BAIC Group is an automotive conglomerate owned by the Beijing Municipal Government. Apart from its mainstream car brands and joint ventures with Hyundai and Mercedes-Benz, it also has a number of operations aimed at the budget market. Today we look at these lesser known brands and companies.
First, let me remind you of BAIC’s corporate structure. Below it I will address the remaining companies at the bottom of the graph one by one.
BAIC Yinxiang Automobile Co., Ltd. / BAIC Ruixiang Automobile Co., Ltd.
The city of Chongqing is the heart of China’s motorcycle industry. Many of the larger companies and better known brands originate from there. I won’t drag you into the China motorcycle industry, because it’s even more confusing than the car industry. Sometimes it need to be mentioned however, because several car manufacturers started first making motorcycles.
In Chongqing Long Fuyong is trading motorcycles in the early nineties and moves into parts manufacturing in 1993. Four years later he spots an opportunity, an engine factory about to close, and with the support of the wealthy Zhang family he becomes a real motorcycle manufacturer. The name of the company is Chongqing Yinxiang Motorcycle. Yinxiang starts to make self-branded motorcycles, but also uses several different names like Kembo, JLM and Jida. In 2002 Yinxiang sets up a joint venture with Korean company Hyosung and in 2005 acquires fellow motorcycle manufacturer Xianfeng.
Long Fuyong controls Yinxiang Motorcycle, but the company is part of Yinxiang Group, that has its main interest in large real estate projects in Chongqing. Yinxiang Group is controlled by Zhang Ping and his sister Zhang Xianli.Long and the two Zhangs have their mind set to car production and find a willing partner in BAIC Group. In August 2010 they establish BAIC Yinxiang Automobile, with 58% of the shares controlled by the Zhang family, 26% by BAIC Group and the remaining 16% by China Development Bank.
Actual car production starts in 2014 when a new factory in Chongqing’s Hechuan district is erected. BAIC Yinxiang introduces the Huansu brand (later Hyosow in English), which translates as ‘Magic Speed’. The first crossover models are based on BAIC Motor’s E-series and Huansu also presents a MPV based on a BAIC Wevan model. Huansu targets a lower market then BAIC’s main brands and sells mainly in rural areas and third and fourth tier cities. Still the brand becomes an instant hit and outsells BAIC Motor’s brand in 2015 and 2016.
There are some more members of the Zhang family with businesses of their own, although related to the activities of Yinxiang Group. Zhang Xianqin and Zhang Pingfeng also see possibilities in the car market. Together they create Bisu Automobile and enter a technical cooperation agreement with BAIC Yinxiang. That means that the Bisu models, that enter the market from December 2016 onwards, are reworked version of BAIC Huansu cars.
The meteoric rise of BAIC Yinxiang and its Huansu and Bisu brands proceeds an even more spectacular and dramatic collapse. The first signs of trouble appear already in 2017 and a year later protesting BAIC Yinxiang workers claiming unpaid wages reach the mainstream news. Not much later production is halted. Then more stories appear. BAIC Yinxiang workers being fired after taking part in the protest and then forced from their homes to make place for some Yinxiang Group real estate development. Or Huansu car dealers telling they were forced to order (and pay for) a certain amount of cars they never received.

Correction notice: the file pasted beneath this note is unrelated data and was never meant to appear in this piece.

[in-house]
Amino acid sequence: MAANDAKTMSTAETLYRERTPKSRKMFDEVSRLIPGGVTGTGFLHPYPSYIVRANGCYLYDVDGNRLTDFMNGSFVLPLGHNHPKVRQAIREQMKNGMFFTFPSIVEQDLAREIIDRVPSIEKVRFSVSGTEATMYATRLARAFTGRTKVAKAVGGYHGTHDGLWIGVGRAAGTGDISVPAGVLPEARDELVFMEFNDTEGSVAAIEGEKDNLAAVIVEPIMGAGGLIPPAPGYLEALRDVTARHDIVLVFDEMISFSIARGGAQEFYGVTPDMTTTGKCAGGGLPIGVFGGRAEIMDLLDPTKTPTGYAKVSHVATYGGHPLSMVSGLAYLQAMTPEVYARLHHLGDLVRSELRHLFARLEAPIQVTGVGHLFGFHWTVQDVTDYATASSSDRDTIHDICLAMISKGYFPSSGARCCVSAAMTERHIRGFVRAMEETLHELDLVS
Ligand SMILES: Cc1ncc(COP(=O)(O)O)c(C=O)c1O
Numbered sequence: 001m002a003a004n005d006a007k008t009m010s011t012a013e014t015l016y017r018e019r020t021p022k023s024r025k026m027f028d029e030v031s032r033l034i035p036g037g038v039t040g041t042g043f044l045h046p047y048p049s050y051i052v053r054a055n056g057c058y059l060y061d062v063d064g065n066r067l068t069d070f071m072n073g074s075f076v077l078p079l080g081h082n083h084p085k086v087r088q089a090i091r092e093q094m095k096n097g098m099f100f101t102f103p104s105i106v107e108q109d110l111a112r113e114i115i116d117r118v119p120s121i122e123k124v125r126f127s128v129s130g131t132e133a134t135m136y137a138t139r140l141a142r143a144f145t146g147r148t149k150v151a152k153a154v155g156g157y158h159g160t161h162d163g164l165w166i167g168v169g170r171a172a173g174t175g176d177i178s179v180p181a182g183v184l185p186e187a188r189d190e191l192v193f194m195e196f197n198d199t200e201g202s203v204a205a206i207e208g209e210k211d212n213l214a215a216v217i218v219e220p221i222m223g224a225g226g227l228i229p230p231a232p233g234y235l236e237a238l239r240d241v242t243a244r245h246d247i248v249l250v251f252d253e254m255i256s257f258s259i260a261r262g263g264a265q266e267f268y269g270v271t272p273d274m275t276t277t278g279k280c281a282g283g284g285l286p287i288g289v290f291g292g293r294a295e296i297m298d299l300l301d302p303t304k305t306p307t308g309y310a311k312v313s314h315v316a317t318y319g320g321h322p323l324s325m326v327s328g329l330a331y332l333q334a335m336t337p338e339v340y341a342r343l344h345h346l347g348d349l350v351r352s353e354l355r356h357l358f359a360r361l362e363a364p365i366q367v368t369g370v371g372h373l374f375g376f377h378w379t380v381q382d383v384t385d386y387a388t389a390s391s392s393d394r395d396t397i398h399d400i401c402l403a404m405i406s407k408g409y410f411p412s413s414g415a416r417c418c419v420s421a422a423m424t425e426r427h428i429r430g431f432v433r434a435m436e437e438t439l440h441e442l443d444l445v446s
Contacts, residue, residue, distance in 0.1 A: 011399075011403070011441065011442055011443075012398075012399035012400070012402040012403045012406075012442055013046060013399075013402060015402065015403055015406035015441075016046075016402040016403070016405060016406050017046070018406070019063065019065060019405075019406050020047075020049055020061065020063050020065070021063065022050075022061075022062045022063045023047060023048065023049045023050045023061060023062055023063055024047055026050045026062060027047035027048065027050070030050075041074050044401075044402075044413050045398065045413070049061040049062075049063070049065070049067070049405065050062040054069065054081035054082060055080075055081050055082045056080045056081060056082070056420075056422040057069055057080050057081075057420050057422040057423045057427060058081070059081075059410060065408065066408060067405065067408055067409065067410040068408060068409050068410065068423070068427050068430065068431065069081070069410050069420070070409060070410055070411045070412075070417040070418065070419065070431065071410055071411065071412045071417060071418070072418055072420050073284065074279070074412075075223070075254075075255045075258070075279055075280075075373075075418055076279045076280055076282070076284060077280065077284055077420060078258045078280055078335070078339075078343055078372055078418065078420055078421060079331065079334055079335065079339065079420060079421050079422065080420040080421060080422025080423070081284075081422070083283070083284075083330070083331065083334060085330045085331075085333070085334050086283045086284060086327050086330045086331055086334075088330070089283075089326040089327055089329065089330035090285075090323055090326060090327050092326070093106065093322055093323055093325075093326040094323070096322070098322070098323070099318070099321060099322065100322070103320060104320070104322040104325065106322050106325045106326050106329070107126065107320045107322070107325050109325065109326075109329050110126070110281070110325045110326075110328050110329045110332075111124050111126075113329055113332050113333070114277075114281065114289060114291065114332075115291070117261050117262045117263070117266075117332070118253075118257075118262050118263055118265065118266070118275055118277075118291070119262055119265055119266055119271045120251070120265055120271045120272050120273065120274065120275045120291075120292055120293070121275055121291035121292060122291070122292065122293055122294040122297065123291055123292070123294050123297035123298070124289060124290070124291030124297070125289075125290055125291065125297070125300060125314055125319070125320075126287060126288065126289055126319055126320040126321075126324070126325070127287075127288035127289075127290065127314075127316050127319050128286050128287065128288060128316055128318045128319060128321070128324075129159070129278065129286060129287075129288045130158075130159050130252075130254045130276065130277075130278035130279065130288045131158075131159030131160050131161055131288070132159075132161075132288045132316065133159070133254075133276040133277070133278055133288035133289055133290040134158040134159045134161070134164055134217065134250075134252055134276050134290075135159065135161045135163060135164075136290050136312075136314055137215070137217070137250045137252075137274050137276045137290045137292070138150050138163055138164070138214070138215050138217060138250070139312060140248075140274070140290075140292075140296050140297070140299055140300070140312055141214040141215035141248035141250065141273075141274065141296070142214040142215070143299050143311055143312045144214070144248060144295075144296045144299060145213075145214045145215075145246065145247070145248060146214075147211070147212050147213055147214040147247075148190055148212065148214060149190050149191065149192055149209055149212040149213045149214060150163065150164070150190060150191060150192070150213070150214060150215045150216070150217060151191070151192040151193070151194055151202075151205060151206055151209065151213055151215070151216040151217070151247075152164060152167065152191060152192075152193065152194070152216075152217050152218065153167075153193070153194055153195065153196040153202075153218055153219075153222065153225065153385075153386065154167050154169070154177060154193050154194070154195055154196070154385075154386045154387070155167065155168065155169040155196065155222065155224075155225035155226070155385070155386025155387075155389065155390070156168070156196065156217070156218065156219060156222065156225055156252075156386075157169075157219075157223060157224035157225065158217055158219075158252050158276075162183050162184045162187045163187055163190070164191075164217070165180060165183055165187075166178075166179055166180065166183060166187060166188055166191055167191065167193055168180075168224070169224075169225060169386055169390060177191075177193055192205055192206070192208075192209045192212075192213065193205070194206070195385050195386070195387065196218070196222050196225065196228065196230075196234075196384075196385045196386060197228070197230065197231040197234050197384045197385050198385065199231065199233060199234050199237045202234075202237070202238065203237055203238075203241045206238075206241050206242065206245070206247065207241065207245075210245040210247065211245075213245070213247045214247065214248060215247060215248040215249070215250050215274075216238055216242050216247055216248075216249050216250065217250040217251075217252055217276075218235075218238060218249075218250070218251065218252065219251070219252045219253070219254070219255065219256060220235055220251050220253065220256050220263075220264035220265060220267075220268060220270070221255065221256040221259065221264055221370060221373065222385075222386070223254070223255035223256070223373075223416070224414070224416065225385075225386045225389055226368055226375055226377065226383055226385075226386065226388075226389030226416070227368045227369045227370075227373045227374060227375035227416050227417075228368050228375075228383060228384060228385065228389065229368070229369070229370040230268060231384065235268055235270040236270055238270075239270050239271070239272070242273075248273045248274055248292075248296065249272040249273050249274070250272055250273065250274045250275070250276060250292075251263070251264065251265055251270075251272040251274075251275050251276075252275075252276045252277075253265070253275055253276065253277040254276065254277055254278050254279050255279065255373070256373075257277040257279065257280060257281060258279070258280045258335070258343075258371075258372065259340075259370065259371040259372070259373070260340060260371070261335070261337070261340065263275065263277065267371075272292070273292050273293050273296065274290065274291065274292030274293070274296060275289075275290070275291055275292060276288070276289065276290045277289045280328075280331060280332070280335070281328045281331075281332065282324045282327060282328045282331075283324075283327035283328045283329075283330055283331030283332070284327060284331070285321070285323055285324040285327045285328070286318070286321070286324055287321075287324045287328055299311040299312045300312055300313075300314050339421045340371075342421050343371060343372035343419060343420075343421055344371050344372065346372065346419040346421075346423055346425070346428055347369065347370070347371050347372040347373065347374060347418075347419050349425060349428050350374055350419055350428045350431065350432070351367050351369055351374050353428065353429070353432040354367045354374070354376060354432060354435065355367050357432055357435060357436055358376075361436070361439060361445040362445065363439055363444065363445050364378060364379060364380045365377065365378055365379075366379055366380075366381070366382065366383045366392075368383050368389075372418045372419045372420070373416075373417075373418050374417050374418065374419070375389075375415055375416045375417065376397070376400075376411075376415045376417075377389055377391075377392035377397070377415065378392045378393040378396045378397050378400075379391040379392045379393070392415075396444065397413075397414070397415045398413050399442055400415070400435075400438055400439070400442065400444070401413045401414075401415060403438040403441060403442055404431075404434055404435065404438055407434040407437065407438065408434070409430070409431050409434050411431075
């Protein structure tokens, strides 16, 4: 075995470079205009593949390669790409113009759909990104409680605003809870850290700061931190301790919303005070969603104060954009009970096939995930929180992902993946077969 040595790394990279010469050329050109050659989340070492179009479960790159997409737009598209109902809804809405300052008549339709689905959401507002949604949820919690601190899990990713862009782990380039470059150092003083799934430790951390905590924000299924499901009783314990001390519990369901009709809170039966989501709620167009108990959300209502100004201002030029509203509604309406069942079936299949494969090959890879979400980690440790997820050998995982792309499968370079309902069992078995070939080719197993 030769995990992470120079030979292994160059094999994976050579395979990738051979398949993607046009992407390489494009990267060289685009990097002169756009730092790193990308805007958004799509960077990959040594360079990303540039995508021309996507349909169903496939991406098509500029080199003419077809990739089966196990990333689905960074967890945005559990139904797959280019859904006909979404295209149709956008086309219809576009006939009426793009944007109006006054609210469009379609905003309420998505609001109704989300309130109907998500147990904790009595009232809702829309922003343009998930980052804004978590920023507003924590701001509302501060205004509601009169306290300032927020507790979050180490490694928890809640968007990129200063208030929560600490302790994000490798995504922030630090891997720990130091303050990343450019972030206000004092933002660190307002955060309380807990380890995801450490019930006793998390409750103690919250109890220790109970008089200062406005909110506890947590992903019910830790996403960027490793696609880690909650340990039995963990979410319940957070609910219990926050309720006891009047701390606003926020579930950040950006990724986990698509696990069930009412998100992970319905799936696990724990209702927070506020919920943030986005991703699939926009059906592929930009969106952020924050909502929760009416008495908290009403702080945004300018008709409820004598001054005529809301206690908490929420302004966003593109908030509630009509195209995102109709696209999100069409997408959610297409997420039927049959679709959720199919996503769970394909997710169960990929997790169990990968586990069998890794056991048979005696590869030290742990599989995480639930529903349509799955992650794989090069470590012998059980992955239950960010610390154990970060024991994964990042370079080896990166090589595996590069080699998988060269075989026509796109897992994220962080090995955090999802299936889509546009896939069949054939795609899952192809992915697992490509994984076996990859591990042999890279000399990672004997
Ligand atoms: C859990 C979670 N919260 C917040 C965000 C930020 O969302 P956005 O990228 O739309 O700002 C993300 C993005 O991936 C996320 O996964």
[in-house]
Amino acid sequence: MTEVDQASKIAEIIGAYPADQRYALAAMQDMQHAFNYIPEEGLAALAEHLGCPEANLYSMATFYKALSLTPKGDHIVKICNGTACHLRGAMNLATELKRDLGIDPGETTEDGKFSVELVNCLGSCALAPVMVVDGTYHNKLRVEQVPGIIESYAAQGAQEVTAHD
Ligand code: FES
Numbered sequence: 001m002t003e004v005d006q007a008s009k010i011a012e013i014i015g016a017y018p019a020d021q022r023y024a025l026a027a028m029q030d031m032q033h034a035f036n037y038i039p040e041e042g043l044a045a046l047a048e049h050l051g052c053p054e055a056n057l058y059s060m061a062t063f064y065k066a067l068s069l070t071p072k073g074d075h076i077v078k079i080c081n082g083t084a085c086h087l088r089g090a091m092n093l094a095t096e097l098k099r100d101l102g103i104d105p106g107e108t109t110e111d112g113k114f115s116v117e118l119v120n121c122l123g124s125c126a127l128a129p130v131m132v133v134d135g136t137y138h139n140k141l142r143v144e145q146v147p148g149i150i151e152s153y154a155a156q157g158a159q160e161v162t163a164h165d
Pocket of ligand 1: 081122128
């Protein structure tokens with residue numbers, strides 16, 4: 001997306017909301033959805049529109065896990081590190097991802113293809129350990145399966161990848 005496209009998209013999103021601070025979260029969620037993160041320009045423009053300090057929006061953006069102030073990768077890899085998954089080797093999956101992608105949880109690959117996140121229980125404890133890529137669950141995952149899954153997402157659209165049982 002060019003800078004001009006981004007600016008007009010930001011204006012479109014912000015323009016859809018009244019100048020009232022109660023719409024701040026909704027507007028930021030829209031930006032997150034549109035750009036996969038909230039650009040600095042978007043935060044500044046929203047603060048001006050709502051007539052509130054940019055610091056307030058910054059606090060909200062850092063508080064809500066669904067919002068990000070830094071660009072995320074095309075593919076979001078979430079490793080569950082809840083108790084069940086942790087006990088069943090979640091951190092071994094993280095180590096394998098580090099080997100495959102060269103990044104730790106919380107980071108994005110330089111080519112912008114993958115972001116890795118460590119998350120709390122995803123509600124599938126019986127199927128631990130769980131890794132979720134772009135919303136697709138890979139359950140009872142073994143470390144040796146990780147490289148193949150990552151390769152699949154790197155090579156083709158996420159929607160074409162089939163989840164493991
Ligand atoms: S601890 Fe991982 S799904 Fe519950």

In 2019 BAIC Yinxiang makes a failed attempt to restart production, but the whole thing is too big of a mess. It takes almost three years to untangle the web of financial shenanigans and find a solution. In April of this year a Chongqing court rules over the bankruptcy and re-organization proceedings and it turns out that BAIC Yinxiang was built mainly on debt. The accumulated debt reaches almost 16 billion yuan, while the company assets total less than 2 billion yuan.
Needless to say the company is declared insolvent, but at the same time a rescue plan is adopted. A total of 2 billion yuan will be invested in the company, now renamed BAIC Ruixiang Automobile. 300 million yuan comes from BAIC Group (through a newly established subsidiary Chongqing Changhe Automobile), 487 million from Yinxiang Group and 1,2 billion from an investment fund owned by the Chongqing municipal government. Large creditors (banks, suppliers) will be paid off in the coming five years, small creditors (workers, dealers) probably won’t see a lot of their money back.
The Huansu and Bisu brands had a lifespan of four and two years respectively and will not be resurrected. BAIC already presented the first car of the saved company, while it submitted several others for production permits to the Ministry of Industry. The new car is called X5 and will be sold under the Ruixiang brand.
BAIC (Changzhou) Automotive Co., Ltd.
BAIC Changzhou is a strategic cooperation between BAIC Group and the municipal government of Changzhou (Jiangsu province). The project starts in 2015 and comprises of factory making new energy vehicles. Main products are electric buses, but also a few passenger cars for BJEV.
BAIC Yunnan Ruili Automotive Co., Ltd.
Besides its automotive activities BAIC also has some investments in aviation and aerospace. Through these investments BAIC comes into contact with Yunnan Jingcheng Group. Jingcheng is a supplier to the aviation industry, mainly as a manufacturer of hydraulic systems, The company owns its own airline as well. Ruili Airlines is one of China’s local carriers. The Jingcheng Groups belongs to the state-owned China Aviation Industry Corporation, which once owned Changhe as well.